Both Lyft and Uber view autonomy as a critical component of their future. Lyft lists the inability to develop autonomous vehicles in their top ten risk factors, and Uber has long classified autonomy as “existential.” The current consensus is that once autonomy is “solved,” Lyft and Uber will gradually replace their human drivers with never-tiring robots.
While autonomy could make Lyft and Uber’s businesses more profitable, it also decreases the value of their two-sided network effects by making drivers less important over time. It will also increase competition given the killer use case for many of the biggest full autonomy projects is to operate a fleet of autonomous taxis. Given the competition in the autonomy field, the quality of autonomous navigation may create a short-term non-commodity offering for the early winner, although we suspect multiple platforms will achieve full autonomy in time and negate that factor.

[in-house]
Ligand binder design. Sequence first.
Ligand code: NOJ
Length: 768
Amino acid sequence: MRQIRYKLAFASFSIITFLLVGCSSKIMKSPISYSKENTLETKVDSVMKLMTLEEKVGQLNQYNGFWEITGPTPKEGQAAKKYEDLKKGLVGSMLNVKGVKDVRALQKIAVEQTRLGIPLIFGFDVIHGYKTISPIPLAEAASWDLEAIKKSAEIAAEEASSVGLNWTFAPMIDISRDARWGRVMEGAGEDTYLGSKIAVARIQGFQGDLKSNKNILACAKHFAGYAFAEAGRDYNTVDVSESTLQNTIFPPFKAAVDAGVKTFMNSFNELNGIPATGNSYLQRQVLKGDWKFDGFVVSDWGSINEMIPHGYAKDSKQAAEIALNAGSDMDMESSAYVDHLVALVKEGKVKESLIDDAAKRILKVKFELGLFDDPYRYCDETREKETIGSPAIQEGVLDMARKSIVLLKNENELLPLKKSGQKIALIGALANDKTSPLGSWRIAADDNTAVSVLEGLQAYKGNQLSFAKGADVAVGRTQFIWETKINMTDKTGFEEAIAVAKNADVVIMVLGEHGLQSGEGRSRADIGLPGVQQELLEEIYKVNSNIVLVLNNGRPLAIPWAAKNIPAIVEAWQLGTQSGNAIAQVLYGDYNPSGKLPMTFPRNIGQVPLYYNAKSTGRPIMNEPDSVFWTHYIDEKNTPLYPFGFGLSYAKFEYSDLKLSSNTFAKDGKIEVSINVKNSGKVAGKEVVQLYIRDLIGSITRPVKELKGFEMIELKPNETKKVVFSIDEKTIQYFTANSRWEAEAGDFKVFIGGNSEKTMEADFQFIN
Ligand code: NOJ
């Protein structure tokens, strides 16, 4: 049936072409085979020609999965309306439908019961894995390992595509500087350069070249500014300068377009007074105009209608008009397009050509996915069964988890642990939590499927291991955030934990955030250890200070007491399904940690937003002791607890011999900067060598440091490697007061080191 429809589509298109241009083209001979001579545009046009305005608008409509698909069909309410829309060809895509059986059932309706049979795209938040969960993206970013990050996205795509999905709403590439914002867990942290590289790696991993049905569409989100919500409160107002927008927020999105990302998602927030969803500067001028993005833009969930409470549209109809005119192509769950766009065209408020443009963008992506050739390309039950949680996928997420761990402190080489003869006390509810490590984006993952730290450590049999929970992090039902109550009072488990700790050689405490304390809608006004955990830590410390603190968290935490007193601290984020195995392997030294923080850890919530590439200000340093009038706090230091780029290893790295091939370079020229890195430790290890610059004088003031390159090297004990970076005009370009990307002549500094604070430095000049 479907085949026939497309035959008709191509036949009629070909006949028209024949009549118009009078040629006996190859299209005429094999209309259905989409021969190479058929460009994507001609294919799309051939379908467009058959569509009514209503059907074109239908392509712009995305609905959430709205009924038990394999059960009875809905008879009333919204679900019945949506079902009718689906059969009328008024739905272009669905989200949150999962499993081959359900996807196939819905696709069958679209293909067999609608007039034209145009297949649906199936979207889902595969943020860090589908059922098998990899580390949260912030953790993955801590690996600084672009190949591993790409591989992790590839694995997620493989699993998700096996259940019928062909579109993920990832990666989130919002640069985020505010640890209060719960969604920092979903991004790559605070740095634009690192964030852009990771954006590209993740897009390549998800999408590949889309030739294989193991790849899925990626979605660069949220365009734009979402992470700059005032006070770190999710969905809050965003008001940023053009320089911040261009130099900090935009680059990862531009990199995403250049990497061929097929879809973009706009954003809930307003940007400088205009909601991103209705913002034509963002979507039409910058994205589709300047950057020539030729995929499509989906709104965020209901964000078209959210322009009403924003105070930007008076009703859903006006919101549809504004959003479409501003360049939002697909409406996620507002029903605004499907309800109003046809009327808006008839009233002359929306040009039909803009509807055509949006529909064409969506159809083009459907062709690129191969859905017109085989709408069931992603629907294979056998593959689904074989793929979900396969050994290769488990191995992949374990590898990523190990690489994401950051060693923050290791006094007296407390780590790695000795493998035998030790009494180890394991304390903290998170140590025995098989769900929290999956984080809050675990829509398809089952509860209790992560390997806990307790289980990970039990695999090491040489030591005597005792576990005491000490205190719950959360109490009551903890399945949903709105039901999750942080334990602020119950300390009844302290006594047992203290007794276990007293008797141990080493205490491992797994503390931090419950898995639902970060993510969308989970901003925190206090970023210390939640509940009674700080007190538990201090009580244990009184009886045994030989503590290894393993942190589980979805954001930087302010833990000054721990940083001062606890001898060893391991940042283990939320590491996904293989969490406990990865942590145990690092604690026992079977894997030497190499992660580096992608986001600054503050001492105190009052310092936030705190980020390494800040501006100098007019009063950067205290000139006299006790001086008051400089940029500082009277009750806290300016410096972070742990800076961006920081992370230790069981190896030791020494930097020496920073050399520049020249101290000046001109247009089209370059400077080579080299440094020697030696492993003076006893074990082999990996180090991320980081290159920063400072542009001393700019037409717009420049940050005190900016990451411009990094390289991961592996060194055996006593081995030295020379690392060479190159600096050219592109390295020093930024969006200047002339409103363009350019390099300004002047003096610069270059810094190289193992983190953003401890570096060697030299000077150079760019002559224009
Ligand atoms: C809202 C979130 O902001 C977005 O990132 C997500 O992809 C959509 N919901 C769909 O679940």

Lyft and Uber may have a near term advantage over autonomous only offerings. If an autonomous fleet can go some places but not everywhere, consumers are unlikely to download a new app and use it when only it’s available instead of Lyft or Uber who can leverage their human driver networks. Since transportation is a commodity, unless a fully autonomous service has similar wait times, coverage, and prices to conventional ridesharing, it is unlikely to be successful on its own.